The Internet: A Brief Overview of How It Works

The Internet: A Brief Overview of How It Works

An brief introduction to the internet and world wide web

The Internet is usually misinterpreted as the Web. However, it is the technical infrastructure that makes the Web, which is made up of a large network of computers that are independently distributed and linked through Ethernet cables or wirelessly via WiFi or Bluetooth.

The router is connected to each computer on the network and delivers messages from a computer to the right destination (another computer). The Internet is accessible by telephone, using a modem connected to the Internet service provider (ISP).

Before the message is sent to a computer, the Internet Protocol address (IP address) is specified. The IP address is made up of a series of four numbers separated by dots that are unique to each computer device on the internet network (for example, The Domain Name System (DNS), an open public communication protocol, makes it simple to connect. For instance, the domain is easier to access instead of using the IP address.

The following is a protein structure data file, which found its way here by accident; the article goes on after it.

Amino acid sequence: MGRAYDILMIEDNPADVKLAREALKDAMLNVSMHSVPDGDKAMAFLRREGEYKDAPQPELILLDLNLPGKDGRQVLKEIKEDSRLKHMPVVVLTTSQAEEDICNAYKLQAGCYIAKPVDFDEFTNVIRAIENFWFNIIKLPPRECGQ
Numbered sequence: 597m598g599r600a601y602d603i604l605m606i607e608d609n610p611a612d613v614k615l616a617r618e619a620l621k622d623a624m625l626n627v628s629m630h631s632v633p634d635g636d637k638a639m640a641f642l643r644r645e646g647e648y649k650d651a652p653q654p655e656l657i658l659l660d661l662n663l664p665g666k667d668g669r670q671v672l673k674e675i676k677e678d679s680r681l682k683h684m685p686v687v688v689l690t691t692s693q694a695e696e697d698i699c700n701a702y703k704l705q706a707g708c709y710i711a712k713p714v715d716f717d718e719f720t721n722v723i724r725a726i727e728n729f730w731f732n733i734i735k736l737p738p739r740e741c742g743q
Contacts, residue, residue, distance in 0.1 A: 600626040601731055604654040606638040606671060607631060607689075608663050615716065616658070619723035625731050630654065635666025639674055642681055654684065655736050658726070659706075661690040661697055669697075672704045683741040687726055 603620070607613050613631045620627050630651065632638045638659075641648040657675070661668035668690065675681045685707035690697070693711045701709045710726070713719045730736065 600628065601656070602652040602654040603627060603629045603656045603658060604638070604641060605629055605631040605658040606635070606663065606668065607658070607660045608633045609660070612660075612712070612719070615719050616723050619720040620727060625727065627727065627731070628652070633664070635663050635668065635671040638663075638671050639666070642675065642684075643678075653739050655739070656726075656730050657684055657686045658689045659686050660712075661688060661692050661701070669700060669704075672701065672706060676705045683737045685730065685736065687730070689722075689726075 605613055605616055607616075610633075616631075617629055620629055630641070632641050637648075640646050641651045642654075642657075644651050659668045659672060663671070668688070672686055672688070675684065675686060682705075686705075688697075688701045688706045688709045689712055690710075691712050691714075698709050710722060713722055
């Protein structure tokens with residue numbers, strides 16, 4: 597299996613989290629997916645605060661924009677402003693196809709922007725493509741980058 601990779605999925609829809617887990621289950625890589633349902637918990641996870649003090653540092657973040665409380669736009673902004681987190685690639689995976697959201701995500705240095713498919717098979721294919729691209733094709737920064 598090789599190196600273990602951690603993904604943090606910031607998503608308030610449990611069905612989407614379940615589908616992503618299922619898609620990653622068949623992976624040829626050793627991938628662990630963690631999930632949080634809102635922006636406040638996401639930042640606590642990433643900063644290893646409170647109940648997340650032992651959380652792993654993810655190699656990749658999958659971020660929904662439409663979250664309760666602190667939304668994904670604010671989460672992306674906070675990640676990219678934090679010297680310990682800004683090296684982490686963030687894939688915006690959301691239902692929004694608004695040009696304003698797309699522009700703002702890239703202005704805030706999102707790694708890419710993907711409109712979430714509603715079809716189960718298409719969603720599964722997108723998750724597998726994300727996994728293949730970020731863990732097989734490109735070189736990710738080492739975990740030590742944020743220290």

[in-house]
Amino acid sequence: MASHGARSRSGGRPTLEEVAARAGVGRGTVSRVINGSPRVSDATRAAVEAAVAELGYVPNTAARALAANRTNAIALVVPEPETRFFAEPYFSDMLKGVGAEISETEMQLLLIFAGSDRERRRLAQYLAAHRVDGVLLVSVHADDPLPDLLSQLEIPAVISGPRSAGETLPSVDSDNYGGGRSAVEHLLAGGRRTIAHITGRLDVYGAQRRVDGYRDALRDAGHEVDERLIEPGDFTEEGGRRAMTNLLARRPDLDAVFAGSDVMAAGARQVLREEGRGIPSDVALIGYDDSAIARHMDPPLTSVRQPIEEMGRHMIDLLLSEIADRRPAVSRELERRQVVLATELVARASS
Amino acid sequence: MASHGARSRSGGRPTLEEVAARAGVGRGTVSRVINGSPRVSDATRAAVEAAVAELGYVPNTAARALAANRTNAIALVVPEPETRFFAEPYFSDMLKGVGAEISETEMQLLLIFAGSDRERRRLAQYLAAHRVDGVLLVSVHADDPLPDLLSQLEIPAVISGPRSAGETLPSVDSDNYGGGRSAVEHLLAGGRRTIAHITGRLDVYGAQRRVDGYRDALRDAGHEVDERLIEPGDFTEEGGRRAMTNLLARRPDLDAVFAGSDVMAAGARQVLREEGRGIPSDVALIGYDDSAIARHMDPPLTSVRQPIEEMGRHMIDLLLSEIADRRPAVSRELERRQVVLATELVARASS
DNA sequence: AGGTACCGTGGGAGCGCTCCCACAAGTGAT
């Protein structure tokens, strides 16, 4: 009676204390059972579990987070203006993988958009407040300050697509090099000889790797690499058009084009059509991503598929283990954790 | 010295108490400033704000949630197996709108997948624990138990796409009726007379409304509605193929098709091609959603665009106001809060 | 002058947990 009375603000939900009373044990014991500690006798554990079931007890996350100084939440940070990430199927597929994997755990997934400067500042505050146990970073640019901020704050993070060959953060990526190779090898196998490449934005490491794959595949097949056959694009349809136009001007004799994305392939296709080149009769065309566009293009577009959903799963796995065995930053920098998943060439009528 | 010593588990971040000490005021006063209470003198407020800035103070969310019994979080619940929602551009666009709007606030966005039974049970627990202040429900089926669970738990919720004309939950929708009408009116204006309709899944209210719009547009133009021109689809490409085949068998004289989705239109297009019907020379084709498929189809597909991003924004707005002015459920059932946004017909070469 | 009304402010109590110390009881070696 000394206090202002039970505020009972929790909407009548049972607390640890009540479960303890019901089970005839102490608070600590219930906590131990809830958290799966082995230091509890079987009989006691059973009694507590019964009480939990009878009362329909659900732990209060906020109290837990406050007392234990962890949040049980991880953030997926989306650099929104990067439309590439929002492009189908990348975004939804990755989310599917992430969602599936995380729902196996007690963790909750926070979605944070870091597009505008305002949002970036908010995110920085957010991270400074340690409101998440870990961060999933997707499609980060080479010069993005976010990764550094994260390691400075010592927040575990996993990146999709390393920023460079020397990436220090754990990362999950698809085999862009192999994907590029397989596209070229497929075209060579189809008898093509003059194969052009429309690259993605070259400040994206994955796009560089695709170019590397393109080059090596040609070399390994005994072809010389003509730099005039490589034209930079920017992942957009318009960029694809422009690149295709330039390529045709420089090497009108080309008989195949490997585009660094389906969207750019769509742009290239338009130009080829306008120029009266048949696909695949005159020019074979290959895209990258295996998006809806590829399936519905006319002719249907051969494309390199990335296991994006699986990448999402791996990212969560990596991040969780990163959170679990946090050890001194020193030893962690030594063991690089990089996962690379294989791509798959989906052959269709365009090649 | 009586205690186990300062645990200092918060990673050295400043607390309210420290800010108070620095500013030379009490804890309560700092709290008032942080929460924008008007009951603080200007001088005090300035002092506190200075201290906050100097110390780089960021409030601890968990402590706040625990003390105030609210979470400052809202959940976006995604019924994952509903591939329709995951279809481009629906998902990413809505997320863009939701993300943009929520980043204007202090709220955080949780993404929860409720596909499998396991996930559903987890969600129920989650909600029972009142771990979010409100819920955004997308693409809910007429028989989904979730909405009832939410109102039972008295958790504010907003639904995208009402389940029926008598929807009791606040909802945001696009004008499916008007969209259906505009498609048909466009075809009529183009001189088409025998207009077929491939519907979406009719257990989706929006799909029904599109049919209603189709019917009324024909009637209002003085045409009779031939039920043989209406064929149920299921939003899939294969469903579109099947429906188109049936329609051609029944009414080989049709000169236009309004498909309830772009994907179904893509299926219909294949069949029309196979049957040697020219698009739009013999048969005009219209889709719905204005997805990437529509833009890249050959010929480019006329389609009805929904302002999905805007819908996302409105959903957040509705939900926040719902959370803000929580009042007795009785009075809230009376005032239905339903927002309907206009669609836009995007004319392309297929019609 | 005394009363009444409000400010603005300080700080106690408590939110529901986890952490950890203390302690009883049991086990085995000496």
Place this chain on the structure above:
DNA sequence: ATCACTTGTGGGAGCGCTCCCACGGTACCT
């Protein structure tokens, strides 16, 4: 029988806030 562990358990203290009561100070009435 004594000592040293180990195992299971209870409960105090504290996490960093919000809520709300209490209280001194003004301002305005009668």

Information is transferred from one computer to another as packets through various routes. The Transmission Control Protocol (TCP) manages the sending and receiving of the packets. When a uniform resource location (URL) is entered in a web browser, your computer communicates with another computer known as the Web Server, which sends information via the Hypertext Transfer Protocol (HTTP). To prevent hacks or snooping, it is advisable to communicate on secure channels like Secure Sockets Layer (SSL) and Transport Layer Security (TLS). They are identified as HTTPS, where "S" stands for "secured."

We exchange private data on the internet, such as passwords, credit card numbers, bank details, emails, etc. Encryption can keep these private by converting text messages into a meaningless data stream. It can be unscrambled by the decryption process. A public key is shared with everyone and can be encrypted by any party, while a private key can only be decrypted by a computer with the right access.